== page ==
About one year ago, members of Steubenville Council and the Jefferson County commissioners reached a tentative agreement to abolish the city's inactive port authority and create a new, nine-member county port authority.
The goal at the time was see the Community Improvement Corp. of Jefferson County and the public-private Progress Alliance transition into the new port authority and for the port authority to be become the economic development tool of the county.
It was hoped at the time the transition would be smooth and orderly, but those hopes took a hit Thursday when members of the Community Improvement Corp. of Jefferson County and Progress Alliance became the targets of open criticism during the meeting of the Jefferson County commissioners.
For 16 years, economic development in the county has been under the umbrella of Progress Alliance, a public-private partnership that is operated by the CIC. Its successes have been many, from the establishment of the Wal-Mart Distribution Center on state Route 43 just north of Wintersville to the opening of H&H Screen Printing on Lovers Lane in Steubenville earlier this year.
Time is clearly running out on the organization, however. Already, the county commissioners have pledged $100,000 to the port authority for 2013 - $25,000 more than they contributed to the CIC this year. The loss of the county money, the decisions of Wintersville and Steubenville to not contribute and private investors questioning their involvement have left officials with few options.
Officials with Progress Alliance and the CIC have been seeking answers about what their role would be in the transition to the port authority and if any public funding will be available to them. It was against that backdrop that several members of the CIC attended Thursday's meeting, looking for a definitive answer about what, if any, future funding from the county could be expected.
What they heard was Commissioner Thomas Graham reading from a prepared statement in which he delivered a litany of criticisms and allegations that there had been "unethical decisions" made by Progress Alliance. The commissioner was especially critical of Jim Emmerling, a CIC board member and owner of EM Media who conducted media campaigns on behalf of the CIC.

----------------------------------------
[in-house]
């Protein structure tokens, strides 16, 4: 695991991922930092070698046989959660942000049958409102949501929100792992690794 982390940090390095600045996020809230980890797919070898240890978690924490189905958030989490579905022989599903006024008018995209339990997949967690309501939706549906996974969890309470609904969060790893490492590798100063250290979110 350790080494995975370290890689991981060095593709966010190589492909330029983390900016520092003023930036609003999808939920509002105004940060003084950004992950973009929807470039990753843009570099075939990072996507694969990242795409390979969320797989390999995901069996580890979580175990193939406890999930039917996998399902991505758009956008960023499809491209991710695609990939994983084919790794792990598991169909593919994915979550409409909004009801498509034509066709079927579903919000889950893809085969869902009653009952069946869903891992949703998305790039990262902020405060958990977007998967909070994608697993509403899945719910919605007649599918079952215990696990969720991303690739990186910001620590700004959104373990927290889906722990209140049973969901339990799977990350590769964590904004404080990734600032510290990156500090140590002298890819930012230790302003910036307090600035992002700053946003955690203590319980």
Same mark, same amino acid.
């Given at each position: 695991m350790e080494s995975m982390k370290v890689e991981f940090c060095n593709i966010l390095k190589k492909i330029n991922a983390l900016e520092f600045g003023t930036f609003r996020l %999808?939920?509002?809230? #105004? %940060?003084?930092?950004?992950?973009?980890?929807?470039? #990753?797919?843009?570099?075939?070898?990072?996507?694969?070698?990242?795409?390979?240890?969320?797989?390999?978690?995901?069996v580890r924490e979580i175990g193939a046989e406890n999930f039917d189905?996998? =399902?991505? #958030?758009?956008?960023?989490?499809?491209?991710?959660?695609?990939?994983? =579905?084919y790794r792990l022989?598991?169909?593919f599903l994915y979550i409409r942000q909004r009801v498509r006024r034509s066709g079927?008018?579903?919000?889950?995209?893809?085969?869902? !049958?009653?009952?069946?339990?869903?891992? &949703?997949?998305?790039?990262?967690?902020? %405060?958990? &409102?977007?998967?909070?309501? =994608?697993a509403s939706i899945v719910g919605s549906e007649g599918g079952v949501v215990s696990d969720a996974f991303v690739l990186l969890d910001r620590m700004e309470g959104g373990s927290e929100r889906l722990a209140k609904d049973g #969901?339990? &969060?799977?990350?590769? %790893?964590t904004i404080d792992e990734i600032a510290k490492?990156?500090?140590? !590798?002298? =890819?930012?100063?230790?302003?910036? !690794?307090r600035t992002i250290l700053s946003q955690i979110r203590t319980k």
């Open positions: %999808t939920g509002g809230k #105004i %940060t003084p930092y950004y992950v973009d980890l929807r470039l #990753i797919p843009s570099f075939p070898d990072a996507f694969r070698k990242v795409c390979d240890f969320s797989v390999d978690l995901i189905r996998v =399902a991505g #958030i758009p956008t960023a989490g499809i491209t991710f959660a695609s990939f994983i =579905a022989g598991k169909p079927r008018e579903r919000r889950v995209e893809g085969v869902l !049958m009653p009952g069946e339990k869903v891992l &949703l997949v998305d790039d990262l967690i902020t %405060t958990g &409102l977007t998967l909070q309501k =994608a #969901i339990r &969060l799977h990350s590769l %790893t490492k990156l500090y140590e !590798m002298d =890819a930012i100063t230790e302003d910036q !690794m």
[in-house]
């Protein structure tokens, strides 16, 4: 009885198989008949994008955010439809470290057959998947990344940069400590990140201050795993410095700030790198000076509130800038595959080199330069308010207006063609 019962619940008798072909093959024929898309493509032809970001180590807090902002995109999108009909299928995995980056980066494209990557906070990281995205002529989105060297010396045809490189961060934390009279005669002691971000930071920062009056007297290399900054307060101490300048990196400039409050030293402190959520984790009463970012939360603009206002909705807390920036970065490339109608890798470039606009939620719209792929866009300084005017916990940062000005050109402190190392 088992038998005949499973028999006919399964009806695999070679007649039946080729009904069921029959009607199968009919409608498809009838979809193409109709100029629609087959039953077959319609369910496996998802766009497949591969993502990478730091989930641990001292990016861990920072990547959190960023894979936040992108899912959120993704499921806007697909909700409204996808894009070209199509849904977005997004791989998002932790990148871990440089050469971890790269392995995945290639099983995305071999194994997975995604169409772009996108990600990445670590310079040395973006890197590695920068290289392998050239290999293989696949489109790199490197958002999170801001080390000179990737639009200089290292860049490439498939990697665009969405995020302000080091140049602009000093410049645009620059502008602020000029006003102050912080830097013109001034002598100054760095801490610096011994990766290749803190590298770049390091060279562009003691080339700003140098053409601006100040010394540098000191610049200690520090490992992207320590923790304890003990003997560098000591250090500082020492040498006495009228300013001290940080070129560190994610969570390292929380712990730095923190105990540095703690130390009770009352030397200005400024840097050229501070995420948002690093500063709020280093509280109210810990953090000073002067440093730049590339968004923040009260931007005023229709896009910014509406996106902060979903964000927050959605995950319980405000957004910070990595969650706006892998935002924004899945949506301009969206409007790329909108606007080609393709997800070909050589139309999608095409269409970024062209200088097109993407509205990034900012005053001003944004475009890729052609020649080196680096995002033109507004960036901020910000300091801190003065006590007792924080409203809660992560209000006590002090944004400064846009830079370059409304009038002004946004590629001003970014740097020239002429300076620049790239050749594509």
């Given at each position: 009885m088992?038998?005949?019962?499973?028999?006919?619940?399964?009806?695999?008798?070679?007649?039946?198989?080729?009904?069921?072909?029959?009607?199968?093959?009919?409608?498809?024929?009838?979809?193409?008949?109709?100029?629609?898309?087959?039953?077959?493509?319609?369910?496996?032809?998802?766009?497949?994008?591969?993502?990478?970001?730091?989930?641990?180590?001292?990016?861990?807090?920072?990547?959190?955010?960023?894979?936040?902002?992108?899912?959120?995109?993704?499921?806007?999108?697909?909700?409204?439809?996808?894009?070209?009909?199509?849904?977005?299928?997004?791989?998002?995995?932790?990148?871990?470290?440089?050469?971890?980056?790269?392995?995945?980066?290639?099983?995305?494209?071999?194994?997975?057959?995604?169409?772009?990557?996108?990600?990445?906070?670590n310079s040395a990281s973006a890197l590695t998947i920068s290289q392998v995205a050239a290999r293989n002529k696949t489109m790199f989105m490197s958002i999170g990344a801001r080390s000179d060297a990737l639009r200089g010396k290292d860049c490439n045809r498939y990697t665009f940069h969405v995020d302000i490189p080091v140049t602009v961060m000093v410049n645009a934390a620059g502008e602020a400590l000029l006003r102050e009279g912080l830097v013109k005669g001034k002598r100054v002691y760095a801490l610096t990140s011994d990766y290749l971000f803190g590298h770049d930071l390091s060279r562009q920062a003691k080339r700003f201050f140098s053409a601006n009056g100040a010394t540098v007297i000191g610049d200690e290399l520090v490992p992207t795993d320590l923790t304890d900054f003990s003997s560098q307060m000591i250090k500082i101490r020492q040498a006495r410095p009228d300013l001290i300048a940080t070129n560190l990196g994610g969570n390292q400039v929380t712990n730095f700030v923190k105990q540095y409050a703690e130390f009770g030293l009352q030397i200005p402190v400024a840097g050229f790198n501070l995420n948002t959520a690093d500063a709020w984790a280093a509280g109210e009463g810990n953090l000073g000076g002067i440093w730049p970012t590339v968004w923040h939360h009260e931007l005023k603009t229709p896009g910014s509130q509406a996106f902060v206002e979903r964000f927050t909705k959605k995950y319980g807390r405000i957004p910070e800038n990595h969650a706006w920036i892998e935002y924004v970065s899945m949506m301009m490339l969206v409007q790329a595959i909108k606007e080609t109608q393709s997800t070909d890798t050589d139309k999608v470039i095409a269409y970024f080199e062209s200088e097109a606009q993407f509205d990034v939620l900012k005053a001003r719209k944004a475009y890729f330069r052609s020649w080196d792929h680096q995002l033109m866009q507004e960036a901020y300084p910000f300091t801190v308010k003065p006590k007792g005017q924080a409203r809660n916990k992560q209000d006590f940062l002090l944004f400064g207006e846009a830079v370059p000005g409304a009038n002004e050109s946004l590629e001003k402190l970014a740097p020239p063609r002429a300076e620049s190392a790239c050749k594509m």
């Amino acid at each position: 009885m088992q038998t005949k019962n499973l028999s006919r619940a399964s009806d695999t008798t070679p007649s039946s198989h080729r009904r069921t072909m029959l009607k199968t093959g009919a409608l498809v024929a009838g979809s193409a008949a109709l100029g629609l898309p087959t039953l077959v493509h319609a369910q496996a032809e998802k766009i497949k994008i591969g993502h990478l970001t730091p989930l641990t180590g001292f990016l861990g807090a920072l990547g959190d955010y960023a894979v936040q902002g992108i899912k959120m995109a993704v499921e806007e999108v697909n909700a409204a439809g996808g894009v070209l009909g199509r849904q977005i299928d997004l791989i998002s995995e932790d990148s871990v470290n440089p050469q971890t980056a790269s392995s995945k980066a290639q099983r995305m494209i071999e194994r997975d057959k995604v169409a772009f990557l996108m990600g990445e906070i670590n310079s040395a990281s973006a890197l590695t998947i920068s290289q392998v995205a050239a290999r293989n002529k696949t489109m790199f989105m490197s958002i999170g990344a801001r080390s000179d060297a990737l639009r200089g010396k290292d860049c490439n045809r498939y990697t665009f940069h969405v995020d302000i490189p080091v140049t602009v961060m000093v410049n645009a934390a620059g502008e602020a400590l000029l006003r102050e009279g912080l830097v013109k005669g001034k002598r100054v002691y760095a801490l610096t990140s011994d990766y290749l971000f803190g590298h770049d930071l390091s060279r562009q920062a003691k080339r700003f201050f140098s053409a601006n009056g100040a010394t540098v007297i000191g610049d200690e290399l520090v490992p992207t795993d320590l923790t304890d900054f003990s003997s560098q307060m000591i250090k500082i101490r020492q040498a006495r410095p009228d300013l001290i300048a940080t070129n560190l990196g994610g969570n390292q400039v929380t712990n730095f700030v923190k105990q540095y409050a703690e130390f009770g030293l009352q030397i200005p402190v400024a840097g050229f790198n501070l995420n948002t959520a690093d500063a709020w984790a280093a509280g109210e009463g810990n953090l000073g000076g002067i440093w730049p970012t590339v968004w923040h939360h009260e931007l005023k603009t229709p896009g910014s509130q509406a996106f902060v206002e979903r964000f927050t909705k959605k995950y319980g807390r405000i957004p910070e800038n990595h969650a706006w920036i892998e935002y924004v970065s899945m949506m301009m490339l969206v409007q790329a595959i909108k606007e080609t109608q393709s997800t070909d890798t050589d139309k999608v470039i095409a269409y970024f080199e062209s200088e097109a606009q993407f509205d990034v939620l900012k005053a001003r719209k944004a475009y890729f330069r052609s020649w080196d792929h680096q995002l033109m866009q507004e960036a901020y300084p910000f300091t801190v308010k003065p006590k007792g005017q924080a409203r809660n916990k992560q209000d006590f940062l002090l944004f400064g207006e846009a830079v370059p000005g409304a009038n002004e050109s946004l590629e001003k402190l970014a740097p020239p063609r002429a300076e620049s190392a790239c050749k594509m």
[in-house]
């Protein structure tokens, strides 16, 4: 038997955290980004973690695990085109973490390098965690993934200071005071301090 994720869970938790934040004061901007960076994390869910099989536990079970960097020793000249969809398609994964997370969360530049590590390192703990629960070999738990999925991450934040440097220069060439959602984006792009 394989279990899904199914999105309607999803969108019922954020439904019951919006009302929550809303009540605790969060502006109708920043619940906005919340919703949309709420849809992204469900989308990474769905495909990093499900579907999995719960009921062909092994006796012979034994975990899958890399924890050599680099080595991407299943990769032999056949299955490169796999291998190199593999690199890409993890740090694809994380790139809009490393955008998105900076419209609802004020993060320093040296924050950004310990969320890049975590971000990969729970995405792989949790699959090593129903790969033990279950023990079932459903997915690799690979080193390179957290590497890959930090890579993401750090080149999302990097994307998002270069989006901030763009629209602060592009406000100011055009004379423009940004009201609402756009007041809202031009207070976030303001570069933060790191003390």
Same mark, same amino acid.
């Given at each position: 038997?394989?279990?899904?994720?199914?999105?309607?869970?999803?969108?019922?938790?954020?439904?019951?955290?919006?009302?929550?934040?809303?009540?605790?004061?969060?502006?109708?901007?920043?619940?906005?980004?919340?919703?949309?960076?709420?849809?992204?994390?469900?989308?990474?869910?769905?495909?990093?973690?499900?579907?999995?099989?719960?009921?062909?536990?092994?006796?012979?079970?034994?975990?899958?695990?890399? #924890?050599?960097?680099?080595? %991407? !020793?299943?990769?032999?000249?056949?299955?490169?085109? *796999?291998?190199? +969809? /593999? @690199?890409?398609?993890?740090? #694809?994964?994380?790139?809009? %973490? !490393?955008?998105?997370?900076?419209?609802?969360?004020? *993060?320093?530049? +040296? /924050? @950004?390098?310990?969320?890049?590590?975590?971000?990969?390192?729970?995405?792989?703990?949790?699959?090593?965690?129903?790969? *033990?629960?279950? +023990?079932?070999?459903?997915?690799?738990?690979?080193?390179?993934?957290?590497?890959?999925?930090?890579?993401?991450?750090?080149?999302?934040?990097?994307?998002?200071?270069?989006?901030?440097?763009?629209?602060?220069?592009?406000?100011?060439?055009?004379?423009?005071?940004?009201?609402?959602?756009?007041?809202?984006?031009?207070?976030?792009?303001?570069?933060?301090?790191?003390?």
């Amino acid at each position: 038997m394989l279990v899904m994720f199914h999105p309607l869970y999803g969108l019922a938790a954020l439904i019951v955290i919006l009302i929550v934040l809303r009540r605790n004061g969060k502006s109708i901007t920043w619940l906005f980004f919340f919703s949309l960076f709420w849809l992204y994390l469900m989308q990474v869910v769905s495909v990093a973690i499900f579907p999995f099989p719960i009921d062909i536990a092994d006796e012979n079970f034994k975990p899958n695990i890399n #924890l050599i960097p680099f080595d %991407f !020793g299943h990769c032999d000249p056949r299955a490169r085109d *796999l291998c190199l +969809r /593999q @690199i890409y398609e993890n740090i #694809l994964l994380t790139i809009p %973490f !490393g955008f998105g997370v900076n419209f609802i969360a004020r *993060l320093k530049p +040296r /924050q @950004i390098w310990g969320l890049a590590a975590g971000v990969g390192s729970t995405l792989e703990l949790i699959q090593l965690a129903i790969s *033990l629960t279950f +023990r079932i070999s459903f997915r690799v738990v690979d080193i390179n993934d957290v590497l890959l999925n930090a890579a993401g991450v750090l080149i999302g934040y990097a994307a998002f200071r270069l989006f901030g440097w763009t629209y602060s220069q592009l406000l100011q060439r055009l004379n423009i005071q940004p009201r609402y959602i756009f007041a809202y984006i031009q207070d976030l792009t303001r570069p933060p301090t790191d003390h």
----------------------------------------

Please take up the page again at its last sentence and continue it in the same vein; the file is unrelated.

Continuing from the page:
Commissioner Tom Gentile expressed his concern that the organization had held golf tournaments and conducted a monthly breakfast series, endeavors Gentile said were not directly tied to economic development.
Commissioner Dave Maple, meanwhile, said that the commissioners have - and will continue to be - committed to economic development, pointing out that the county's original $50,000 yearly contribution to Progress Alliance had been increased to $75,000, and reminding those in attendance that the commissioners had pledged $100,000 to the port authority.
By the time Bob Chapman, the CIC chairman had the opportunity to speak, it was clear to him that the only move left for his organization was to meet in January and implement an exit strategy. That plan will include the transition of pending development projects to the port authority, turning over management of the Jefferson County Industrial Park, the management of the county's revolving loan fund, handling of the annual meetings of the Tax Incentive Review Council and the closing of the Progress Alliance office.
The public fighting could not come at a worse time - the area's economy is growing, and all signs indicate it will continue to expand for the foreseeable future, thanks in large part to the expansion of the oil and gas industry. For example, through the end of November, the 25-county Appalachian Partnership for Economic Growth has seen investments totaling $1.8 billion and the creation of 1,200 jobs.
Ten of those projects landed in Jefferson County, which speaks to the efforts of Progress Alliance and its outgoing director, Ed Looman, who is leaving for a post with the APEG.
We want that expansion to continue, but for that to happen our region needs to put its best face forward and show potential investors that elected officials and business leaders are willing to put aside their differences and work together for the good of the county's residents. Political grandstanding does nothing to help those efforts.